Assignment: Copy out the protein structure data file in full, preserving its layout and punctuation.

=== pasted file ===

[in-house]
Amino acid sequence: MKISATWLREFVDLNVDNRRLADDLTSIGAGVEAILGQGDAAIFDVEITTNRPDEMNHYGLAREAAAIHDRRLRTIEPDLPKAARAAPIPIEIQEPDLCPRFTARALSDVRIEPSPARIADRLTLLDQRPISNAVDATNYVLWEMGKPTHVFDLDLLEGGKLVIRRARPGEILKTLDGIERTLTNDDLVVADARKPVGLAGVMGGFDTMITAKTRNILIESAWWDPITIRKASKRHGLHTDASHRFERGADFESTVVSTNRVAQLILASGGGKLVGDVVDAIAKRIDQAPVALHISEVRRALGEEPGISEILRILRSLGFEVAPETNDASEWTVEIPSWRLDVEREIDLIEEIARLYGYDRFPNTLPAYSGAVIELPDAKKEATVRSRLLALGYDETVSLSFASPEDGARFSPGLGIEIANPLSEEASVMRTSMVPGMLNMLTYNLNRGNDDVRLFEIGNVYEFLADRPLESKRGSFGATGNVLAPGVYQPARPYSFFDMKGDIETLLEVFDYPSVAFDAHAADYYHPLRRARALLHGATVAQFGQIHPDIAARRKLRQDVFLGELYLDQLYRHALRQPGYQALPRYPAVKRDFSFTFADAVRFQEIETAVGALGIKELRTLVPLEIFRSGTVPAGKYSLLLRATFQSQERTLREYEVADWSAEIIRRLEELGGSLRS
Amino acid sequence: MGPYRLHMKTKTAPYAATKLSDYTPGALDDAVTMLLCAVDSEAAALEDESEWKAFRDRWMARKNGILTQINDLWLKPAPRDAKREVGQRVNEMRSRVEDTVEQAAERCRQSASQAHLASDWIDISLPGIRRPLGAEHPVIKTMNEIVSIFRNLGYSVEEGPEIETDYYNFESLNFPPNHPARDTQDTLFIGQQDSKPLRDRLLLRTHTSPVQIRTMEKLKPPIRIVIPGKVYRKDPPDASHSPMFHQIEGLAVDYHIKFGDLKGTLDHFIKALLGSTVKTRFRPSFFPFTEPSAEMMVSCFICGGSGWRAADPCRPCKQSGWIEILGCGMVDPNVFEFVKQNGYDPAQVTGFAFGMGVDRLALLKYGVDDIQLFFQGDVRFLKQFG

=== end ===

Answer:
[in-house]
Amino acid sequence: MKISATWLREFVDLNVDNRRLADDLTSIGAGVEAILGQGDAAIFDVEITTNRPDEMNHYGLAREAAAIHDRRLRTIEPDLPKAARAAPIPIEIQEPDLCPRFTARALSDVRIEPSPARIADRLTLLDQRPISNAVDATNYVLWEMGKPTHVFDLDLLEGGKLVIRRARPGEILKTLDGIERTLTNDDLVVADARKPVGLAGVMGGFDTMITAKTRNILIESAWWDPITIRKASKRHGLHTDASHRFERGADFESTVVSTNRVAQLILASGGGKLVGDVVDAIAKRIDQAPVALHISEVRRALGEEPGISEILRILRSLGFEVAPETNDASEWTVEIPSWRLDVEREIDLIEEIARLYGYDRFPNTLPAYSGAVIELPDAKKEATVRSRLLALGYDETVSLSFASPEDGARFSPGLGIEIANPLSEEASVMRTSMVPGMLNMLTYNLNRGNDDVRLFEIGNVYEFLADRPLESKRGSFGATGNVLAPGVYQPARPYSFFDMKGDIETLLEVFDYPSVAFDAHAADYYHPLRRARALLHGATVAQFGQIHPDIAARRKLRQDVFLGELYLDQLYRHALRQPGYQALPRYPAVKRDFSFTFADAVRFQEIETAVGALGIKELRTLVPLEIFRSGTVPAGKYSLLLRATFQSQERTLREYEVADWSAEIIRRLEELGGSLRS
Amino acid sequence: MGPYRLHMKTKTAPYAATKLSDYTPGALDDAVTMLLCAVDSEAAALEDESEWKAFRDRWMARKNGILTQINDLWLKPAPRDAKREVGQRVNEMRSRVEDTVEQAAERCRQSASQAHLASDWIDISLPGIRRPLGAEHPVIKTMNEIVSIFRNLGYSVEEGPEIETDYYNFESLNFPPNHPARDTQDTLFIGQQDSKPLRDRLLLRTHTSPVQIRTMEKLKPPIRIVIPGKVYRKDPPDASHSPMFHQIEGLAVDYHIKFGDLKGTLDHFIKALLGSTVKTRFRPSFFPFTEPSAEMMVSCFICGGSGWRAADPCRPCKQSGWIEILGCGMVDPNVFEFVKQNGYDPAQVTGFAFGMGVDRLALLKYGVDDIQLFFQGDVRFLKQFG